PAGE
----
Paolo Bettini’s stunning solo win at the Tour of Lombardy completed an emotional three weeks for Il
PIC BY TIM DE WAELE
In normal circumstances, victory at the Tour of Lombardy would be the perfect note on which to begin one’s reign as the world road race champion.
For Paolo Bettini, though, a second straight win in the Classic of the falling leaves on Saturday had a different significance: less than two weeks after the euphoria of his world title in Salzburg gave way to the agony of his brother’s death in a car crash, Bettini won to exorcize a curse crueller than anything the rainbow jersey has ever exerted before. “When I was riding, Sauro [Bettini’s late brother – Ed.] was near me…” he said amid tears at the finishline in Como. “A lot of victories have meaning. Every one will hold a special memory. But this is the most beautiful of all. I’ll have to watch it again, to let it sink in. I did something incredible.with my sheer will and someone else’s”.
Bettini would later admit that it was his mental, more than his physical strength, which kept his clear of Samuel Sanchez and the courageous Fabian Wegman on the run-in to Como. Wegmann had been the last to rider to cave in to Bettini’s onslaught on the penultimate climb of the Civiglio. The Gerolsteiner star was then caught and outsprinted for second by Sanchez – the Basque having launched one of his trademark counter-moves on the final descent into Como.
Seconds earlier, Bettini had wept as crossed the line and pointed to the heavens. “I turned around and I could see that I had a big enough gap. Then I said to myself: you’ve done it. On the finishing straight my mind was full of good and sad thoughts. Lots of mixed-up emotions. I’ve freed myself of something that I’d been holding inside. This victory is a gift for everyone, but first and foremost my parents, who persuaded me to carry on when I was ready to give up. If I was going to continue, I couldn’t just go through the motions. It had to be for my brother and the rainbow jersey.”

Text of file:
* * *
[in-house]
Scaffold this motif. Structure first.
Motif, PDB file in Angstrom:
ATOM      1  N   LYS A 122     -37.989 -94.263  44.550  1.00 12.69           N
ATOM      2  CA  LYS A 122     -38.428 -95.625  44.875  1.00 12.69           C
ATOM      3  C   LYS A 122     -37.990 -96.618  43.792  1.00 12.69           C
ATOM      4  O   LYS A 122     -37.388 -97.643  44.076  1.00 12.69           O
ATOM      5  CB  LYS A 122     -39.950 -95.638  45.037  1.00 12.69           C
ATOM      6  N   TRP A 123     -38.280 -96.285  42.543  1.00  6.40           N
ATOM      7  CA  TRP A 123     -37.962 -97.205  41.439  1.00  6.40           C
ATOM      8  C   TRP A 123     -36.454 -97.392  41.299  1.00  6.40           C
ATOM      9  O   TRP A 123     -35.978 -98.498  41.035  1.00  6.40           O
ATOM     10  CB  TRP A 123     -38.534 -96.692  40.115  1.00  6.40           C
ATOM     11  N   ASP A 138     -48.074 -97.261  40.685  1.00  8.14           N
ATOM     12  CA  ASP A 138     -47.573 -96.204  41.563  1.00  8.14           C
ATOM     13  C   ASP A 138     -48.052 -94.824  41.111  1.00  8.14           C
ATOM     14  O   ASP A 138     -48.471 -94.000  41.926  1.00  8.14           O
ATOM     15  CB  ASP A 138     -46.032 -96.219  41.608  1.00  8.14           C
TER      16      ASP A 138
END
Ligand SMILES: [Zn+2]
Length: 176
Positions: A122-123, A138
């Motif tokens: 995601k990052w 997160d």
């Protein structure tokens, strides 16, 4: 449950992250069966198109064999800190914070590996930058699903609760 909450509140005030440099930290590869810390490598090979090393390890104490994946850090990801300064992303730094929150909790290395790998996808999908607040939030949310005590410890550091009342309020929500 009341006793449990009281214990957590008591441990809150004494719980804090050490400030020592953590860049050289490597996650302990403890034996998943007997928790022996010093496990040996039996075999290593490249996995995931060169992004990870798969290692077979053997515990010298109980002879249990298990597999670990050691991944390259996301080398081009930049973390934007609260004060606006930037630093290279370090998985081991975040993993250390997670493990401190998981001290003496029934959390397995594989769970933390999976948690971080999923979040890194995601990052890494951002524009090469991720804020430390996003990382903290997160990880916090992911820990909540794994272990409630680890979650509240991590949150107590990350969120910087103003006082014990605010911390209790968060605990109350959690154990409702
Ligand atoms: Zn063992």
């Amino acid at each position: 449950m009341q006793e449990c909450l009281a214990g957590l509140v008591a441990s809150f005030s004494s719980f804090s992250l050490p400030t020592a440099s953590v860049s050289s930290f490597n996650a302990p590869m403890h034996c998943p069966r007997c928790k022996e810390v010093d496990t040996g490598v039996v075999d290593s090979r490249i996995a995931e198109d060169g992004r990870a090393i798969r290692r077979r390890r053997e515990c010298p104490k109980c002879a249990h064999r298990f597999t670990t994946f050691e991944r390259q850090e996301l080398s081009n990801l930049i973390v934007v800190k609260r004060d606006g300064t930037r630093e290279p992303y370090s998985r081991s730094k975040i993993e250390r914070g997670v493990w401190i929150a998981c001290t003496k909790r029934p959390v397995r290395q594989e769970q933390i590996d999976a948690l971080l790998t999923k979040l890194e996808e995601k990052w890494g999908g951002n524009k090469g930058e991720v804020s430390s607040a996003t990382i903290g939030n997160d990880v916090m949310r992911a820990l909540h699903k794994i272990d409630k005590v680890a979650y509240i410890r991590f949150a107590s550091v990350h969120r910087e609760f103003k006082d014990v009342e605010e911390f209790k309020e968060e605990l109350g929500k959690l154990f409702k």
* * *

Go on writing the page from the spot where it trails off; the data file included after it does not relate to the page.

The next stage of Bettini’s tour of duty will take him to Grenoble (October 26-31) and Munich (November 9-14) for two Six Days in partnership with compatriot Marco Villa. “I’ll have to learn quickly – and I’ll enjoy myself,” Bettini commented yesterday. “The last time I used a track bike was in 1994.”
Also on Saturday, Alejandro Valverde was crowned ProTour winner in Como in acrimonious circumstances. Giro d’Italia and Tour of Lombardy organisers RCS Sport banned the official presentation of Valverde’s ProTour winner’s white jersey on the Lombardy podium because, in the words of race chief Angelo Zomegnan, “we have no intention of advertising the UCI ProTour”. At the request of his Quick-Step team – and to the digust of the baying tifosi – Paolo Bettini also boycotted the traditional podium presentation in a gesture of solidarity with Valverde.
Some compensation for Bettini came later on Saturday evening in the form of a lifetime’s achievement award, presented by UCI president Pat McQuaid at the ProTour gala dinner in Como. At the same event, Valverde received the ProTour winner’s trophy won last year by Danilo di Luca.
Tour of Lombardy (Mendiriso-Como, 245 km)
1 Paolo Bettini (Ita) Quick Step
2 Samuel Sanchez Gonzalez (Spa) Euskaltel-Euskadi @ 0.08
3 Fabian Wegmann (Ger) Gerolsteiner
4 Cristian Moreni (Ita) Cofidis, 0.14
5 Davide Rebellin (Ita) Gerolsteiner 0.46
6 Matteo Carrara (Ita) Lampre-Fondital
7 Frank Schleck (Lux) Team CSC
8 Michael Boogerd (Ned) Rabobank 0.48
9 Danilo Di Luca (Ita) Liquigas